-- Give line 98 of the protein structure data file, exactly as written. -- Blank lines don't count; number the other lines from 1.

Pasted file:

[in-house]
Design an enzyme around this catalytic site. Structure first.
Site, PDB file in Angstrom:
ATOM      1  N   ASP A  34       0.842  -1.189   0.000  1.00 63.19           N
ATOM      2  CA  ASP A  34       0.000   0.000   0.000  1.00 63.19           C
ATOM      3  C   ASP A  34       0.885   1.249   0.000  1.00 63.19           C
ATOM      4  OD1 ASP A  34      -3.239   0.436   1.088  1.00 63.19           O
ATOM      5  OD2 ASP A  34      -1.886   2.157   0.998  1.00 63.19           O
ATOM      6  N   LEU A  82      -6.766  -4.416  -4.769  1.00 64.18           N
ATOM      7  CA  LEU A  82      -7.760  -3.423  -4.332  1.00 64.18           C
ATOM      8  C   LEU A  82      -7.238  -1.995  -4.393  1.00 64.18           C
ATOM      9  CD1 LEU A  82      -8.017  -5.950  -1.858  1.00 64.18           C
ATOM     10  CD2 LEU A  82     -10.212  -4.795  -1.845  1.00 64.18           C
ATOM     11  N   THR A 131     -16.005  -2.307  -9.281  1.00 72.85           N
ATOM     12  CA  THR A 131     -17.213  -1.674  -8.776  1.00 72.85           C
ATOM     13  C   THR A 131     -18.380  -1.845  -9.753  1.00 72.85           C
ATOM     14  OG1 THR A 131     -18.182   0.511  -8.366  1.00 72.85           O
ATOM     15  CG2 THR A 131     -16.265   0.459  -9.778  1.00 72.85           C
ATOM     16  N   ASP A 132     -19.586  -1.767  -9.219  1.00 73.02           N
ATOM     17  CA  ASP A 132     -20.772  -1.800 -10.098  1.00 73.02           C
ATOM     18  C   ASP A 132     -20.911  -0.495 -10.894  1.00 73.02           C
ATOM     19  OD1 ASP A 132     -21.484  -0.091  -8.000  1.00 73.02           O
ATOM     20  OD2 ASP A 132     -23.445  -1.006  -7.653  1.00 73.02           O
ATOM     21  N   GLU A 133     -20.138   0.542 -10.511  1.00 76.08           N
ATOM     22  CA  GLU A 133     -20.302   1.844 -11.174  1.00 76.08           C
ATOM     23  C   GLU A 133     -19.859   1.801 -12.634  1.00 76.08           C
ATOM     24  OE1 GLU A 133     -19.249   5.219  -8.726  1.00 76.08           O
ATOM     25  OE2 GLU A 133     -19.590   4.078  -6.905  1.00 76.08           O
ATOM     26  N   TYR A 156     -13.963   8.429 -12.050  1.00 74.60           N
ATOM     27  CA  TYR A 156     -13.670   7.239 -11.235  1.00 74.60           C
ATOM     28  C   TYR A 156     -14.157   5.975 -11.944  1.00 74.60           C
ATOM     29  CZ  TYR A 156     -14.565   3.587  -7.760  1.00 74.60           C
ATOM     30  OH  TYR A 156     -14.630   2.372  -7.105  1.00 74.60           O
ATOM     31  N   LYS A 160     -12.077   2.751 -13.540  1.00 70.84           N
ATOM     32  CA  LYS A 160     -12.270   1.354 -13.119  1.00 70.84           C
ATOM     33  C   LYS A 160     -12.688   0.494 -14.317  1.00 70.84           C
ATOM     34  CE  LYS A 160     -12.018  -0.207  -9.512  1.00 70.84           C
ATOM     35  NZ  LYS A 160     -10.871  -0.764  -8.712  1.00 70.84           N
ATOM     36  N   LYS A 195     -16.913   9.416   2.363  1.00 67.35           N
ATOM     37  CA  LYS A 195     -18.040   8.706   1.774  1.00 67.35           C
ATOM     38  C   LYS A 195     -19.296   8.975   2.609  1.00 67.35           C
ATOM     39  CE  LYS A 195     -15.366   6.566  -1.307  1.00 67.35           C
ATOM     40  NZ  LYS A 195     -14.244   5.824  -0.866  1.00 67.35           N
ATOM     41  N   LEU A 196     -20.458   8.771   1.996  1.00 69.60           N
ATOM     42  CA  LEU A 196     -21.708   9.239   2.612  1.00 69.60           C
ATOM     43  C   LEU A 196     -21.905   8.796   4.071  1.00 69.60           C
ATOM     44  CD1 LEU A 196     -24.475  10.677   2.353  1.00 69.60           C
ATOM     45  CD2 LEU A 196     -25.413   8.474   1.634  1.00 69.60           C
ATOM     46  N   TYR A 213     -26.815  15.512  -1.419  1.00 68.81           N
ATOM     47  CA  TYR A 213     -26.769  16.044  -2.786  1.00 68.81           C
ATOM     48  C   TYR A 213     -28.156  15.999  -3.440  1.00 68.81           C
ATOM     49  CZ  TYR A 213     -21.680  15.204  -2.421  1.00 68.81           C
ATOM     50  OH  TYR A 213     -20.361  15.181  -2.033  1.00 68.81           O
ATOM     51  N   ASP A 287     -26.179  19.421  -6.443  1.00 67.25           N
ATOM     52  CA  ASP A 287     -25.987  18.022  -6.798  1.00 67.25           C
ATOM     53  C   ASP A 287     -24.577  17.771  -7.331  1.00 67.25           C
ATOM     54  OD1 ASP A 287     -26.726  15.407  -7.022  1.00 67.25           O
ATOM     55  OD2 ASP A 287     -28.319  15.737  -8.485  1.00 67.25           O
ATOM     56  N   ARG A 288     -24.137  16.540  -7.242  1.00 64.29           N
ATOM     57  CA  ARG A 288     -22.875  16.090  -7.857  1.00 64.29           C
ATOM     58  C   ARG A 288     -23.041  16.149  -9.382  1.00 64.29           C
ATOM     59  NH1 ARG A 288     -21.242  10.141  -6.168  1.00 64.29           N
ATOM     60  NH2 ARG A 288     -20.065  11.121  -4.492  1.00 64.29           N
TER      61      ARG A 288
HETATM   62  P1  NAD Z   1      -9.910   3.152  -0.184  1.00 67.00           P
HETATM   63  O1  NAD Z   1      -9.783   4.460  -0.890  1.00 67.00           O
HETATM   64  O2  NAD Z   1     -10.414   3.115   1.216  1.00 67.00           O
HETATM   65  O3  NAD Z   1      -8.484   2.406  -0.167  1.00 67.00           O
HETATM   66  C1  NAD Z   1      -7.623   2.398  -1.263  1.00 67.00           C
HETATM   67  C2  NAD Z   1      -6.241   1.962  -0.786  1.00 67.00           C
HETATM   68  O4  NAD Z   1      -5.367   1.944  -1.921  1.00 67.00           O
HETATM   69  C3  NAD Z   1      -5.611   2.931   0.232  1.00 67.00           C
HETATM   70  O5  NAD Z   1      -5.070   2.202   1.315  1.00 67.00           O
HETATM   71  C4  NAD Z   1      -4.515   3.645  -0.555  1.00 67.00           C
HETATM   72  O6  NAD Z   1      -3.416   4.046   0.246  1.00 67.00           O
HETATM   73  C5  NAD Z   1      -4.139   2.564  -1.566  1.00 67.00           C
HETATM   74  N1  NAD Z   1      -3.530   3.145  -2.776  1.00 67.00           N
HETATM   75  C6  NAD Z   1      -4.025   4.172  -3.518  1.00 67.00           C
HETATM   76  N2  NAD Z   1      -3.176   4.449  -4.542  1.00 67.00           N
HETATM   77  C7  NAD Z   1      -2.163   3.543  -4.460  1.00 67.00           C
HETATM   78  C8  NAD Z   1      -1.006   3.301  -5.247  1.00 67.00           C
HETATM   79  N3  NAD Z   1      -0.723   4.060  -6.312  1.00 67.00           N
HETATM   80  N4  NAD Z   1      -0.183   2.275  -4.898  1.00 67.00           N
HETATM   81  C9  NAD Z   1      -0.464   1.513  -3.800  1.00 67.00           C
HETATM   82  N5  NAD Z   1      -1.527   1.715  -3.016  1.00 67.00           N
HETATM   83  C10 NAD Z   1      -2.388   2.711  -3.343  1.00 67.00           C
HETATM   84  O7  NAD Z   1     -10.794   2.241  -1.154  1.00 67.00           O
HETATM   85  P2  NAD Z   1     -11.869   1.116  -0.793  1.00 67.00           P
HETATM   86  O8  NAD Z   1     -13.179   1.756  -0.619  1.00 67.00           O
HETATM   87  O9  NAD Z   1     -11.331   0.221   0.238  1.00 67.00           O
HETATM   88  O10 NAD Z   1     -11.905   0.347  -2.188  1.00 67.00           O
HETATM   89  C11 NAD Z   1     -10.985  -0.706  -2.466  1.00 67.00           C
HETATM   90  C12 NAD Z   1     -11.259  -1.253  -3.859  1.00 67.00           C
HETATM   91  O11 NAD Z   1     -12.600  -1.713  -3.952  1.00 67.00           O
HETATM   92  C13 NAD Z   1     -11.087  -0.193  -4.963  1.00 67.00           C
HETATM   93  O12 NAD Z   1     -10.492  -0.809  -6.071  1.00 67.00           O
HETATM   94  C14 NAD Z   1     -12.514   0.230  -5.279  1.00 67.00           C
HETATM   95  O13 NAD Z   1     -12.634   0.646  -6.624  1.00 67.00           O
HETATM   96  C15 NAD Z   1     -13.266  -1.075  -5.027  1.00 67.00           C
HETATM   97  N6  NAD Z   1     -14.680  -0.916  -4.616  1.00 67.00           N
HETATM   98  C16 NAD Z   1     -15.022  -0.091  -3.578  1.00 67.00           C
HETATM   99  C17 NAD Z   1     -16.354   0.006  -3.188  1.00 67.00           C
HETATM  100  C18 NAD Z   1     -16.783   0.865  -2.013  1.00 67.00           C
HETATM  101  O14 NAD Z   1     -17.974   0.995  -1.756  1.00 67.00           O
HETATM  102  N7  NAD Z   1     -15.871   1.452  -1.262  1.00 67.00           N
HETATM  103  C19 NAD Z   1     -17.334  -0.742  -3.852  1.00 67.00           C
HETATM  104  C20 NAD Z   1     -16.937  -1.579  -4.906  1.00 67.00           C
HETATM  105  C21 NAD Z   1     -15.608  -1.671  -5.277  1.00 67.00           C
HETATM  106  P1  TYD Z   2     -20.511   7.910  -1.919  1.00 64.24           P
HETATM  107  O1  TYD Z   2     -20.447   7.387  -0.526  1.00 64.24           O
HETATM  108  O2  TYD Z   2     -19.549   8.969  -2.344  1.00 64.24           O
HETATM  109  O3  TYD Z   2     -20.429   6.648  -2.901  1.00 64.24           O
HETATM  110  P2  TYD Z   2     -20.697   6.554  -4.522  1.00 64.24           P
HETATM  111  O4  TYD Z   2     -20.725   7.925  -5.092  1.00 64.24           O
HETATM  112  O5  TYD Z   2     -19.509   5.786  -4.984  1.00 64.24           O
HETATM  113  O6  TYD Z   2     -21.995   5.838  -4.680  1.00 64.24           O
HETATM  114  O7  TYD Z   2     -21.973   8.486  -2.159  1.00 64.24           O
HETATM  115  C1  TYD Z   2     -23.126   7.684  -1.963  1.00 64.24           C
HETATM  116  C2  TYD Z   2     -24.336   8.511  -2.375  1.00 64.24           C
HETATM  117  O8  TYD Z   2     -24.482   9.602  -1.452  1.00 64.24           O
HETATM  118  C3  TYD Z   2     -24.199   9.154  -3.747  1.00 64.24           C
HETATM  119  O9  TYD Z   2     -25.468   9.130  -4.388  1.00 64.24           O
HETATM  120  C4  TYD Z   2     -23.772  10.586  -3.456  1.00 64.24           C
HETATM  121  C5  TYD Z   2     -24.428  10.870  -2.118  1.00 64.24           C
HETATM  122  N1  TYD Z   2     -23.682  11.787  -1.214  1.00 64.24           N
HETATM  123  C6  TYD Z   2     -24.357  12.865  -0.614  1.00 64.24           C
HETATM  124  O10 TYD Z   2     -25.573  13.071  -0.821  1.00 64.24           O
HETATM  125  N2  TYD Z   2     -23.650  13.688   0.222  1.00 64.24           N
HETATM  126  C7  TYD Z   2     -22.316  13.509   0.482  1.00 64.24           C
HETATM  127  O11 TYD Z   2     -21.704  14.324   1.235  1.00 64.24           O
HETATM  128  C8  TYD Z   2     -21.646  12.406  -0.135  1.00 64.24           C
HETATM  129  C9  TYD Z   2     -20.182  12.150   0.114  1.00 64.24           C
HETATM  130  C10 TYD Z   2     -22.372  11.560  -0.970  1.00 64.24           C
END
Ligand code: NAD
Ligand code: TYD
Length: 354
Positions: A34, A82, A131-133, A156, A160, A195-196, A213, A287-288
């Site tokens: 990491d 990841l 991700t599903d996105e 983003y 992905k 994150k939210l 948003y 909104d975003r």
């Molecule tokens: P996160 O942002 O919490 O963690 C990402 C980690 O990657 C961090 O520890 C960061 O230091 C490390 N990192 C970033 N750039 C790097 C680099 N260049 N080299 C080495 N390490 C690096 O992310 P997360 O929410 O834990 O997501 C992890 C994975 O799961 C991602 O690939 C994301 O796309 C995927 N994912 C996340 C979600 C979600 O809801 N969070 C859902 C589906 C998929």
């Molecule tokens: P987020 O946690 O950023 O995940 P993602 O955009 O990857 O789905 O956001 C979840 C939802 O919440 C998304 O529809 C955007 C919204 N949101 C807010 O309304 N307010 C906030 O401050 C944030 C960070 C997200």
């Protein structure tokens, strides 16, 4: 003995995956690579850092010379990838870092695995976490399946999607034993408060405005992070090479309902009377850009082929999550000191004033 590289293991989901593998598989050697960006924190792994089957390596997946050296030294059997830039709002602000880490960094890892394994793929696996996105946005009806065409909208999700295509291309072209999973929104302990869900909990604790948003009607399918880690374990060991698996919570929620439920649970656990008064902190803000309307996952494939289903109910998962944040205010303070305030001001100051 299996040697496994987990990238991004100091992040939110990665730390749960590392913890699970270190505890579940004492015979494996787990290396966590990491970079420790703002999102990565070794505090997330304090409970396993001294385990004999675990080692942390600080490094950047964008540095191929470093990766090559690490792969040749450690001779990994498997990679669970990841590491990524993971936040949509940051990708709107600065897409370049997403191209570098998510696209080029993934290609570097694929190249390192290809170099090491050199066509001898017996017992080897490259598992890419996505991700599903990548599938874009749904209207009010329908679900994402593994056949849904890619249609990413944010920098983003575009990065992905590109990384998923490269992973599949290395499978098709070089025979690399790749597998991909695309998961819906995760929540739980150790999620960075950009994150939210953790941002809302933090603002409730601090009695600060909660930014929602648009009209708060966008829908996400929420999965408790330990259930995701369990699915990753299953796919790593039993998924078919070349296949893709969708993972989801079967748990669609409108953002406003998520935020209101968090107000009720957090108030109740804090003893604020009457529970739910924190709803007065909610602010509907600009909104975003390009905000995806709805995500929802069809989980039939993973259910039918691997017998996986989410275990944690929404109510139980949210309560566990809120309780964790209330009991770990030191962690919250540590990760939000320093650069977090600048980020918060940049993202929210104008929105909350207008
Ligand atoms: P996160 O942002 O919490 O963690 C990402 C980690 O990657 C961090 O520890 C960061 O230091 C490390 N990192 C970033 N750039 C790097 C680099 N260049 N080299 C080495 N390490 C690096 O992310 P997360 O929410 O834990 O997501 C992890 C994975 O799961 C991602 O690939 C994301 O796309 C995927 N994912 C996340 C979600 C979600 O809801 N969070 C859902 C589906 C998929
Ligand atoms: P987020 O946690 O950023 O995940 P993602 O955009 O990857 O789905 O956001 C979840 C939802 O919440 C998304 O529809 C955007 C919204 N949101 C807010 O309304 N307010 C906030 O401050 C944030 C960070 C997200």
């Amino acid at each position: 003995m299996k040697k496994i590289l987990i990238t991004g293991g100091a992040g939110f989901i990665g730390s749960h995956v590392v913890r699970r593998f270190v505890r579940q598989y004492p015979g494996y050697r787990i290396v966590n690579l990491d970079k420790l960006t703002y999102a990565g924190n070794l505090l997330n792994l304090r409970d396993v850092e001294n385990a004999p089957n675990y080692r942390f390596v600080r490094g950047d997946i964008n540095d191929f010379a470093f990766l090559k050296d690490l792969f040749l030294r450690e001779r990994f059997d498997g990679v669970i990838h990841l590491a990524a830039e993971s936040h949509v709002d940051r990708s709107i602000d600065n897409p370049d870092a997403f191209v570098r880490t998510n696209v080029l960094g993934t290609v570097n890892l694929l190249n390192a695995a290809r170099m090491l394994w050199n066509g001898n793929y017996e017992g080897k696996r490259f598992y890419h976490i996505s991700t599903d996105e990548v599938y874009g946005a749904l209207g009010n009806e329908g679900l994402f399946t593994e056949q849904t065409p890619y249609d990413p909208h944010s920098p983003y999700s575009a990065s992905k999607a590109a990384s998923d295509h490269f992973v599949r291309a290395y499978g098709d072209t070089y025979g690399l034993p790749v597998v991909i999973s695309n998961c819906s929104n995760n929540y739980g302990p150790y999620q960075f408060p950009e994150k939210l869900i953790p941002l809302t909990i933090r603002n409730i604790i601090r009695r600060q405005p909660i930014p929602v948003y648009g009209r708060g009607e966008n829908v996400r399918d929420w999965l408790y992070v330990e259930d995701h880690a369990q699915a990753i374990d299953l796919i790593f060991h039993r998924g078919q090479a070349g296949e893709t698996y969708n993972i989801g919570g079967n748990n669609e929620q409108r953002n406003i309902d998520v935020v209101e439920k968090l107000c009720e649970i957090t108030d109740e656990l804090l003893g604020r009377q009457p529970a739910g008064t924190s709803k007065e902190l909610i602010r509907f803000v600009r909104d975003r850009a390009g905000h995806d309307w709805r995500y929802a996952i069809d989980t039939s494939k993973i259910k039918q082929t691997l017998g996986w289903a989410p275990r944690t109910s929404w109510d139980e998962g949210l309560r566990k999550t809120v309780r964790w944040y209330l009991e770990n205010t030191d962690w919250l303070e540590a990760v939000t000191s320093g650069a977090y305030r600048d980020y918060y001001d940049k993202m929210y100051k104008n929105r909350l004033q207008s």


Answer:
HETATM   95  O13 NAD Z   1     -12.634   0.646  -6.624  1.00 67.00           O